Haven’t we all experienced text message remorse, desperately wanting to retrieve that message that in hindsight could have been worded differently, or not sent at all? Holy Holy’s new album Paint opens with this proposition, immediately catching my attention. In the 44 minutes it took to mow my lawn, headphones delivering Holy Holy’s sultry tones, practical themes of adulthood echoed in every song. I feel like a proper grown up listening to Paint.
She was a piece of work, on the second track Willow Tree. And that’s putting it nicely. I have fallen into an elevator on a date night, captured by the emotions of a great date, possibly while listening to a song like third track Elevator. And I did used to care. I used to do a lot of things. And you know what? The lake doesn’t care. No matter how much I scream at it, so said track five Gilded Age.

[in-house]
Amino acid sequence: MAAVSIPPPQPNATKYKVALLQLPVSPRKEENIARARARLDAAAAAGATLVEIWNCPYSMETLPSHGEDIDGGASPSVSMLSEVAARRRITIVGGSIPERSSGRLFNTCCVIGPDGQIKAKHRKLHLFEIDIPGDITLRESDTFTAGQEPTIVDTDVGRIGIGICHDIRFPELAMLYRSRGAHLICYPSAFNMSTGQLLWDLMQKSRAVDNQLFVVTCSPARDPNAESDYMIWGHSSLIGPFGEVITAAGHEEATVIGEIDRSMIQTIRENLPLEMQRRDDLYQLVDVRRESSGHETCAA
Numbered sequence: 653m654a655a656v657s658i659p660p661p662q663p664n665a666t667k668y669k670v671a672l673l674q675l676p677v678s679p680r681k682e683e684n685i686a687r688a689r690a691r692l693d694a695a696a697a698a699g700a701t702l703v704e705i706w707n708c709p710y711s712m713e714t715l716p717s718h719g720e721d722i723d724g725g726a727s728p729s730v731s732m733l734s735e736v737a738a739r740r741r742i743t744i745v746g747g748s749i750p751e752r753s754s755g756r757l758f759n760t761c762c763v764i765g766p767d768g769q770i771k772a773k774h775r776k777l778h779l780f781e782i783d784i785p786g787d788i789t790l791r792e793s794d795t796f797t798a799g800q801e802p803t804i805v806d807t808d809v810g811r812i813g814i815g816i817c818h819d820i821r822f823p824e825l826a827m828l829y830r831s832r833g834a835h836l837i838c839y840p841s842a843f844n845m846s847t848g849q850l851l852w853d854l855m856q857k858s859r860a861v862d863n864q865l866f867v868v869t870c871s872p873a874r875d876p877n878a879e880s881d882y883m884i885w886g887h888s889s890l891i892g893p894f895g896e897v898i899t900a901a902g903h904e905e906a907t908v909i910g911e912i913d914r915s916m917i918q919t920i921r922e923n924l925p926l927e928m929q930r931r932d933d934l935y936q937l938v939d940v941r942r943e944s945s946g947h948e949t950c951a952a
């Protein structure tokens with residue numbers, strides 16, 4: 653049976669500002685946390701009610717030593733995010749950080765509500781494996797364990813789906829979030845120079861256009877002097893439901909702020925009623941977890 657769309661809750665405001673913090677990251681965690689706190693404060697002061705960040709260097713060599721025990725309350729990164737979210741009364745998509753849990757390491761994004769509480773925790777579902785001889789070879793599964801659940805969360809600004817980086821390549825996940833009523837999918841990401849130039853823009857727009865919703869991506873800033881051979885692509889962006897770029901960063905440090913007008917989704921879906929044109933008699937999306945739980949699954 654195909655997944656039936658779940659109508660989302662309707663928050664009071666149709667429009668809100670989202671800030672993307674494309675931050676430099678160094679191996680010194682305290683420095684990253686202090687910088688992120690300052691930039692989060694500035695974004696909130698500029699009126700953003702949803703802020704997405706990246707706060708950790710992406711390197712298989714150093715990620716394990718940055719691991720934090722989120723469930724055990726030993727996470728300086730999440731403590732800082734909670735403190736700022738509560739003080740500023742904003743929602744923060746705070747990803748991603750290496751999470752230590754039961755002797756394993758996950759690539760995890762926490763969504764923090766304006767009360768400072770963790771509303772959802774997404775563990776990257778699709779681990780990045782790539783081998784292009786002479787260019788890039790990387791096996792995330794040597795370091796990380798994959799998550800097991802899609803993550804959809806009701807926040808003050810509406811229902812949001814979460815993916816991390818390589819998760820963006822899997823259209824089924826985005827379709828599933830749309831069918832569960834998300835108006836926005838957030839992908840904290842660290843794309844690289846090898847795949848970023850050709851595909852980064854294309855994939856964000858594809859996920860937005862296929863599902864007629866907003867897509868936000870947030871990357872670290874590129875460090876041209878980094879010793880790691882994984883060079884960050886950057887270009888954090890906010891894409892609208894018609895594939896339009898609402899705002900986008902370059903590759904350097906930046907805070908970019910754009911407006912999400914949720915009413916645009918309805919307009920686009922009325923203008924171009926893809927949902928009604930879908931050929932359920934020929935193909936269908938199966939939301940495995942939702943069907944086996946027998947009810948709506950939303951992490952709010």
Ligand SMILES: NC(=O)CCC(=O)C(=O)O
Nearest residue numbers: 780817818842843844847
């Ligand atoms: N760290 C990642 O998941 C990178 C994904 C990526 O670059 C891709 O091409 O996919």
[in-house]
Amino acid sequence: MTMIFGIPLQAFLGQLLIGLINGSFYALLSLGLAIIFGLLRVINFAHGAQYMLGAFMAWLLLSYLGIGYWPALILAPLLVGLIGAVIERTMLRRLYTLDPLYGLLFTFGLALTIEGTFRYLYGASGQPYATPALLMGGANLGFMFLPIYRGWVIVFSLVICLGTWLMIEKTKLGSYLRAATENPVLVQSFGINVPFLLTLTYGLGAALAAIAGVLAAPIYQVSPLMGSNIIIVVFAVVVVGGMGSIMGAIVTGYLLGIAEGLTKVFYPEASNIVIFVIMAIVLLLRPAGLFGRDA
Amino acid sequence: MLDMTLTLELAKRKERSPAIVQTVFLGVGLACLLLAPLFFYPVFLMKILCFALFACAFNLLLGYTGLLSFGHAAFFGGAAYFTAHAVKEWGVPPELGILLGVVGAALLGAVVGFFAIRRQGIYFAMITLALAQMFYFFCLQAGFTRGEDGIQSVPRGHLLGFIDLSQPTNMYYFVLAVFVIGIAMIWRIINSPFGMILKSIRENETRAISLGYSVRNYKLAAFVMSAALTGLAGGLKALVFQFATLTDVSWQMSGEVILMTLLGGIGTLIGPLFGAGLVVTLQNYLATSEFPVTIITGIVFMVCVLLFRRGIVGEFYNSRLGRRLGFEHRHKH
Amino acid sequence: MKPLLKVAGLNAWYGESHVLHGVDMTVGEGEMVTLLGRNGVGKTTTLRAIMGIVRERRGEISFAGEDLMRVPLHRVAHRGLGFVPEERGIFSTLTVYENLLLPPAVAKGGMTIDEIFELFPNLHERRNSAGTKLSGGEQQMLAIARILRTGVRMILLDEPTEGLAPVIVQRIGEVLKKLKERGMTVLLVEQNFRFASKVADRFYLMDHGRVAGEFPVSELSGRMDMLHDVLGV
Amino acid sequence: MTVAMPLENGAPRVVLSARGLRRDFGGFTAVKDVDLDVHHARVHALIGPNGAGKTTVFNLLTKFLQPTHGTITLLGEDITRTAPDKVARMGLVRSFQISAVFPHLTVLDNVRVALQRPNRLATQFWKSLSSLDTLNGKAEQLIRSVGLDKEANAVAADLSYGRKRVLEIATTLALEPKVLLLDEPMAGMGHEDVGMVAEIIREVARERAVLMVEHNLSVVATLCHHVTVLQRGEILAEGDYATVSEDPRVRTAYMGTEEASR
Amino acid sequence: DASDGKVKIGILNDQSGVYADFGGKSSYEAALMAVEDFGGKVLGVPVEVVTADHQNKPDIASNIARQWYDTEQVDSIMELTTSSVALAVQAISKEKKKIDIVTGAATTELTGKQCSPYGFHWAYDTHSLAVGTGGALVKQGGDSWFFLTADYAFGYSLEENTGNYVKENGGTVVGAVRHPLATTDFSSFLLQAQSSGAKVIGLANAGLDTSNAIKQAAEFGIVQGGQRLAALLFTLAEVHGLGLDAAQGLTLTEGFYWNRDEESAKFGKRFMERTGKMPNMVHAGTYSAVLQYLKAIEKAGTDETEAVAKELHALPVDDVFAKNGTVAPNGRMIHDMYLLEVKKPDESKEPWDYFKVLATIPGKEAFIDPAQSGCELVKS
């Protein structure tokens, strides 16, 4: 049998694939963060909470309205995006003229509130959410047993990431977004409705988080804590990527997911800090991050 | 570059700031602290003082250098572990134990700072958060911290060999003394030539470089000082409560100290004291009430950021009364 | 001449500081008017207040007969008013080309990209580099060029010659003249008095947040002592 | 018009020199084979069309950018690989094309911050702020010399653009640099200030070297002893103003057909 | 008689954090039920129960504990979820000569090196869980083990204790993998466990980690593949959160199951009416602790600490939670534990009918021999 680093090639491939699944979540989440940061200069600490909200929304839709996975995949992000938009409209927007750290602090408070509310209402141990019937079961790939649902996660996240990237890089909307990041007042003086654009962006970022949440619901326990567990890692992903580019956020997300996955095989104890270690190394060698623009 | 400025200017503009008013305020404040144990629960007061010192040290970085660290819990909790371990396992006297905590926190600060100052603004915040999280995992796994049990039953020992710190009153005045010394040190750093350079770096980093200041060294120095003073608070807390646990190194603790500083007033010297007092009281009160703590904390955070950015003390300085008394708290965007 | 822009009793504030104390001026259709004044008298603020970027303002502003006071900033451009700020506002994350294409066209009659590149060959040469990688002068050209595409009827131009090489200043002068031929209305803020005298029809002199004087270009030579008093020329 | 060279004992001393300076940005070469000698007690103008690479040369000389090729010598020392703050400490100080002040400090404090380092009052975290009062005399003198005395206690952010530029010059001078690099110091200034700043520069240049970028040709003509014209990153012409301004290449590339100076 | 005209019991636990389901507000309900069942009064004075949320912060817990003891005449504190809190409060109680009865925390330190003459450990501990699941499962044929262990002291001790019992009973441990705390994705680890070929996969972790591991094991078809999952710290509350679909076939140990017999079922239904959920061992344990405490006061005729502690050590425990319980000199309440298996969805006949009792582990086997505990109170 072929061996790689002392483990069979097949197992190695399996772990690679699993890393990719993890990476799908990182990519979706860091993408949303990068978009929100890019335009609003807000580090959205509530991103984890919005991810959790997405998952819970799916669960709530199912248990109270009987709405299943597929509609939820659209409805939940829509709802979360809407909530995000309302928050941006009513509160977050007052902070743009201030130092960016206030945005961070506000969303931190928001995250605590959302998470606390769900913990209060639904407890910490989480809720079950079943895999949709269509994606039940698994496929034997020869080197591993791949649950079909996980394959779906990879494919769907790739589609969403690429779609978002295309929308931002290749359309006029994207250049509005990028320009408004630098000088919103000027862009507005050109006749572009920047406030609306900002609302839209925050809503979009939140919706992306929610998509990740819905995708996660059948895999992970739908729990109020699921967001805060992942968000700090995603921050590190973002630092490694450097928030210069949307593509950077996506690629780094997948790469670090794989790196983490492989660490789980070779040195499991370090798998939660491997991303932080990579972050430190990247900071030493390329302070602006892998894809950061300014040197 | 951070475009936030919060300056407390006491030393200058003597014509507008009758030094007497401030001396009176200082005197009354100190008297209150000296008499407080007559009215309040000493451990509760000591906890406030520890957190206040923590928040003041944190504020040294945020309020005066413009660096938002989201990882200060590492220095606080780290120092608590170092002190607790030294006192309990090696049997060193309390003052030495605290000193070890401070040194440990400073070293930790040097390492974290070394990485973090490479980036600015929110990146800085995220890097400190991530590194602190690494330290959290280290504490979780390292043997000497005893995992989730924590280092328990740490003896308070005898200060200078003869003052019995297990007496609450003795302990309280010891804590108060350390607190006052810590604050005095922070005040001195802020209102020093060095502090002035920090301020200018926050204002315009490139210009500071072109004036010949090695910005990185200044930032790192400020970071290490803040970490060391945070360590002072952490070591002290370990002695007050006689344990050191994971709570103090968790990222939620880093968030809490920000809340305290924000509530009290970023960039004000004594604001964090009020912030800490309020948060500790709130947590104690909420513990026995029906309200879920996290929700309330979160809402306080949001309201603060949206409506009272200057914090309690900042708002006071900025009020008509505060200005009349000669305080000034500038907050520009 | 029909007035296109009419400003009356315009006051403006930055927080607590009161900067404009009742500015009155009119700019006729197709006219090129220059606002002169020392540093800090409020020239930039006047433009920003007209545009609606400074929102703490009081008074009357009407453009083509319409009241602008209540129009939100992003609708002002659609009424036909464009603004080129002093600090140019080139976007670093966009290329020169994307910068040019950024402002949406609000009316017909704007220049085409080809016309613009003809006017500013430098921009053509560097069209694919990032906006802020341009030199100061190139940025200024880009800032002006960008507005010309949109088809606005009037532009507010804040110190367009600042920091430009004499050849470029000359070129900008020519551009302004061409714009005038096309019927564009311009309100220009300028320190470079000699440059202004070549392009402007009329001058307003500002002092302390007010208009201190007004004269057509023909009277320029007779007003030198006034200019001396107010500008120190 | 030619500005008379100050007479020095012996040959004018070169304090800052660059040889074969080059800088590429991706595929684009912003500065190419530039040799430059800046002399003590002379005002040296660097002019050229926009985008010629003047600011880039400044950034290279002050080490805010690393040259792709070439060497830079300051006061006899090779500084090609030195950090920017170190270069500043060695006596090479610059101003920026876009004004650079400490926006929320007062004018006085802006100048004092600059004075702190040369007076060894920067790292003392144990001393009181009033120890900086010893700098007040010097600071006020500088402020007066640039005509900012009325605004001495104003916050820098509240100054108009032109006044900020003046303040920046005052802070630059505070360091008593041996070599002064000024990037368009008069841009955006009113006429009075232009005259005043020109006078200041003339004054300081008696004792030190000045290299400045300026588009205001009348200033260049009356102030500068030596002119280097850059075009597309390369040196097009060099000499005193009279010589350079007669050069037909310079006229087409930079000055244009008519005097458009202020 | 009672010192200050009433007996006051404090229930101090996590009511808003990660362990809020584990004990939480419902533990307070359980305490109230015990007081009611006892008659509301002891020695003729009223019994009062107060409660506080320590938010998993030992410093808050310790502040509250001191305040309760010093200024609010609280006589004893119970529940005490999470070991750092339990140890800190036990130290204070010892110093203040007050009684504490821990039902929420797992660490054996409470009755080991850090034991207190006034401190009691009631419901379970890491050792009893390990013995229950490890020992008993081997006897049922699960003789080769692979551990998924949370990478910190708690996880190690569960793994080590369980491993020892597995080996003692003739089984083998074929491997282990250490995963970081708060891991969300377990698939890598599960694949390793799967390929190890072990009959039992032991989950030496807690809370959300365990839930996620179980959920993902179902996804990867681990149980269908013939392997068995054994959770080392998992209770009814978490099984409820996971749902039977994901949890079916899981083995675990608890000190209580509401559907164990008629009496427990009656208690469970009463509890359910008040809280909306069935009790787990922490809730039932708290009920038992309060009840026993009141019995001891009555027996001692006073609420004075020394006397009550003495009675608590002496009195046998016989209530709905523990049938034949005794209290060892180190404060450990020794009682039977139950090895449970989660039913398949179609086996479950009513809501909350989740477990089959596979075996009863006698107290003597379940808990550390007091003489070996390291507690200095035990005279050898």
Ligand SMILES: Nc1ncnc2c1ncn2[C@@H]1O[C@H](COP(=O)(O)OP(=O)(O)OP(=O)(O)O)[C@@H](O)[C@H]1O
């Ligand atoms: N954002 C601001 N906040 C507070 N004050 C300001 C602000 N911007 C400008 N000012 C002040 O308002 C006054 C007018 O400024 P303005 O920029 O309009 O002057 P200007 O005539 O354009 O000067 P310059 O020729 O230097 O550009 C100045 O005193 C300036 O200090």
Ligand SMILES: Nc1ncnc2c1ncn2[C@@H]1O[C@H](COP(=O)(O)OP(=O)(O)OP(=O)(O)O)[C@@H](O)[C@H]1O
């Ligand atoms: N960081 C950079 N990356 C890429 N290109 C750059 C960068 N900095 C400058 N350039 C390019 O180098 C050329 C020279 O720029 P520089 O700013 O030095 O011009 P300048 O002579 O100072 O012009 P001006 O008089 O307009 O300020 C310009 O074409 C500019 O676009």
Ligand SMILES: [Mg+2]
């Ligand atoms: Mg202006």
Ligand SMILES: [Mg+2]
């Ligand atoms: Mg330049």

I found myself relating to every track, each with a catchy tune to hum along to, and a bunch of lyrics woven together in such a way it seemed someone had taken a time lapse photograph of the drama that evolves in my brain throughout any given month.
She did take a long time to see reality, on Darwinism. I have felt that attraction to someone who might have been a lover in a different life. In so many parts of my life, I am an amateur. I am happier in December. The album ends giving its regards to anyone listening, which I thought was a polite and poignant conclusion.
Paint felt like a dinner party with all the people you really like and relate to, sharing and enjoying company and conversation over bottles of red. Well done Holy Holy. Highly recommended.